COVID-19 studies using UltraMicroscope light sheet imaging systems

COVID-19 studies using UltraMicroscope light sheet imaging systems

UltraMicroscope imaging systems provide the technology of choice for researchers looking for large-scale, high-resolution 3D fluorescence imaging to analyze and study COVID-19 pathology. 

Read these publications relying on UltraMicroscope technology. 

First specific 3D visualization of SARS-CoV-2 respiratory infection

In a recent paper, researchers demonstrated the utility of volumetric three-dimensional (3D) immunofluorescence imaging with the UltraMicroscope II to investigate host-pathogen interactions of pandemic SARS-CoV-2 in ferrets at a mesoscopic scale.   

With the successful 3D visualization of SARS-CoV-2 infection, this study serves as a proof-of-concept for investigating important respiratory pathogens in intact tissue and organs.  

Light sheet microscopy-assisted 3D analysis of SARS-CoV-2 infection in the respiratory tract of the ferret model
Zaeck, L.M. et al. (2021) Viruses 13: 529.

Evaluation of an oral therapeutic option for COVID-19

In parallel to the ongoing vaccination campaigns, increasing effort is being put into the development of oral antiviral agents for the treatment of COVID-19.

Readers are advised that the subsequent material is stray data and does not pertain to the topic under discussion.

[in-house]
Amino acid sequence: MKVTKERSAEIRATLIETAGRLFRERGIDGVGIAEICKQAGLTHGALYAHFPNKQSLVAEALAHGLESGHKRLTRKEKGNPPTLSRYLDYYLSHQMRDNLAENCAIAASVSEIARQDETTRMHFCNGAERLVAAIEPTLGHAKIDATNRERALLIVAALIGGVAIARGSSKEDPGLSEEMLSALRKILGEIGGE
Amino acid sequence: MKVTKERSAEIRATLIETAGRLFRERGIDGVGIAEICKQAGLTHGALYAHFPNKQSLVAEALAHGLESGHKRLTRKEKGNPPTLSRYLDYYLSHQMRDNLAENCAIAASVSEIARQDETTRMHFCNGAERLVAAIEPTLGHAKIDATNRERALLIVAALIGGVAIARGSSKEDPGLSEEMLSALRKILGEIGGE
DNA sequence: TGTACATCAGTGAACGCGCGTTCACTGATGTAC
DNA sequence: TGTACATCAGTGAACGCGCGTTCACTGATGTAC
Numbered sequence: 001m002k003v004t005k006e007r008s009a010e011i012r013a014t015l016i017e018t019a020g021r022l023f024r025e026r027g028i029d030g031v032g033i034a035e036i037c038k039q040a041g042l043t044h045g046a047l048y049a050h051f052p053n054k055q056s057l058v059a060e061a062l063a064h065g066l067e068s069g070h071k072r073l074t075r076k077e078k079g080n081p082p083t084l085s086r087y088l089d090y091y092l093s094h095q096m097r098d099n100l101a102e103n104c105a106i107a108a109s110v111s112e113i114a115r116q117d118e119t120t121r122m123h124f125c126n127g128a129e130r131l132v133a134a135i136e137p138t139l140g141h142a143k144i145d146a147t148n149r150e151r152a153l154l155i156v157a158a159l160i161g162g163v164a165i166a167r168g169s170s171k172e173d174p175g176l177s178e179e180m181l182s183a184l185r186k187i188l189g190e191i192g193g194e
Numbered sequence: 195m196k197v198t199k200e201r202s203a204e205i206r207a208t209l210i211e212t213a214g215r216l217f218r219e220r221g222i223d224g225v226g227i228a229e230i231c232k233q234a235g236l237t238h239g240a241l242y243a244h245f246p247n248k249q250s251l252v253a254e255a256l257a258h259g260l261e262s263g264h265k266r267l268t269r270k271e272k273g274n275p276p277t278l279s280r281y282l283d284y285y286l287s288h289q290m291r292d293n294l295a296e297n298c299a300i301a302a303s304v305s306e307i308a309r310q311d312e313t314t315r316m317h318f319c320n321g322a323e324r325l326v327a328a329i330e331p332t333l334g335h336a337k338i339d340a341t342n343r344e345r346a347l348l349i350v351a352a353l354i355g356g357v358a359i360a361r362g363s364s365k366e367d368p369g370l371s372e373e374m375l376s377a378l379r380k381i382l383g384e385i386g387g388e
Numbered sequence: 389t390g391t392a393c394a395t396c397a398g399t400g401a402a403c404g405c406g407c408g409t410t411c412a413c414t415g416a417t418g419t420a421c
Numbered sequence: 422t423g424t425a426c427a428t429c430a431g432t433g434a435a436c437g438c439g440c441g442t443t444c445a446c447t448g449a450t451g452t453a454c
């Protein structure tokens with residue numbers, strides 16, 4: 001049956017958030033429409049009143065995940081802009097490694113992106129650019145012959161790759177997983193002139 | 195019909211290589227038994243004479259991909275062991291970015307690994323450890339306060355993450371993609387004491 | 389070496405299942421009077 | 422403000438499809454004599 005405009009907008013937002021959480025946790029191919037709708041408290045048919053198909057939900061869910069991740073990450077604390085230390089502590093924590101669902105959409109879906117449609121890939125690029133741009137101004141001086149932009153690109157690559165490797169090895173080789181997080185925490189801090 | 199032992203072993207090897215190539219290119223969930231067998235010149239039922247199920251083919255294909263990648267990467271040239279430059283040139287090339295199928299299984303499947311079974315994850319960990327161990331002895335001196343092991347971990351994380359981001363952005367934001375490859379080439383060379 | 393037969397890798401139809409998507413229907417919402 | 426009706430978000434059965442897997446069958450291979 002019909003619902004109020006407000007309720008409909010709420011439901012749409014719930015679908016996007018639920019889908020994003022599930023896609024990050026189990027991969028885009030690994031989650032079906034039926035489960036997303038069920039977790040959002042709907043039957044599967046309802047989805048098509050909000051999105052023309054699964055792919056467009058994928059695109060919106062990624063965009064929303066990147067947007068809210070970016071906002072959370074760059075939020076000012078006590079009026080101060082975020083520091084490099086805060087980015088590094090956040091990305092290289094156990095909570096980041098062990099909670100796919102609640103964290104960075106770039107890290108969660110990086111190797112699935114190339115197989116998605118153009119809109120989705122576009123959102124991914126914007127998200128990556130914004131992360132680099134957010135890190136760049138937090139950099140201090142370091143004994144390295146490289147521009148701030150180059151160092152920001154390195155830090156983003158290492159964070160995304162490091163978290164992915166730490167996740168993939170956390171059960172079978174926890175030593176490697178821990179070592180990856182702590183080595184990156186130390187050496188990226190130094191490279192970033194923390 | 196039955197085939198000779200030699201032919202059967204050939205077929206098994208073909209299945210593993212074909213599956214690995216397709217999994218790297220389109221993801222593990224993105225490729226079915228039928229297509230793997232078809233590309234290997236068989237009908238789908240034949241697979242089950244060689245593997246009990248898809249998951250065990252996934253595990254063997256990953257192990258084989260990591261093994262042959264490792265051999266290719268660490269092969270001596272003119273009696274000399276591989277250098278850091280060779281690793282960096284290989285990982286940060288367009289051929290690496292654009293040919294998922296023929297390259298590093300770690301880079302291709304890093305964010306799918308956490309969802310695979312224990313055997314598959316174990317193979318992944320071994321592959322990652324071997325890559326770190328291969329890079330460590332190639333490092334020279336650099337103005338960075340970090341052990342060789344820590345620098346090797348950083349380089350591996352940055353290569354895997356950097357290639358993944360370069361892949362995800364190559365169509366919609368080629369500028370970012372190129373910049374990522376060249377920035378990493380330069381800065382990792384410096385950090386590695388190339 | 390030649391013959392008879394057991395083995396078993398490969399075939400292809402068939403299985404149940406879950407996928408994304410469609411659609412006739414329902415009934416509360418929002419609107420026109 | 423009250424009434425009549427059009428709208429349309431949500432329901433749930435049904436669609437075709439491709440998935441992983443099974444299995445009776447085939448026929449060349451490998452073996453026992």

In a recent publication, researchers used the UltraMicroscope Blaze to assess the efficacy of an orally administered antiviral agent in lungs of SARS-CoV-2 infected hamsters. This study supports the idea of S-217622, currently under evaluation in a phase II/III clinical trial, as a valid option for treatment of COVID-19. 

Oral administration of S-217622, a SARS-CoV-2 main protease inhibitor, decreases viral load and accelerates recovery from clinical aspects of COVID-19   
Sasaki, M. et al. (2022) Biorxiv.

Neuroinvasive capacity of SARS-CoV-2

COVID-19 is generally considered to be primarily a respiratory disease. However, SARS-CoV-2 also affects multiple organs including the central nervous system.   

Researchers recently used the UltraMicroscope II to analyze the distribution of the virus in whole mouse brain. Their paper provides evidence for the neuroinvasive capacity of SARS-CoV-2,  as well as an unexpected consequence of direct infection of neurons.   

Neuroinvasion  of SARS-CoV-2 in human and mouse brain   
Song, E. et al. (2021) J. Exp. Med. 218: e20202135.


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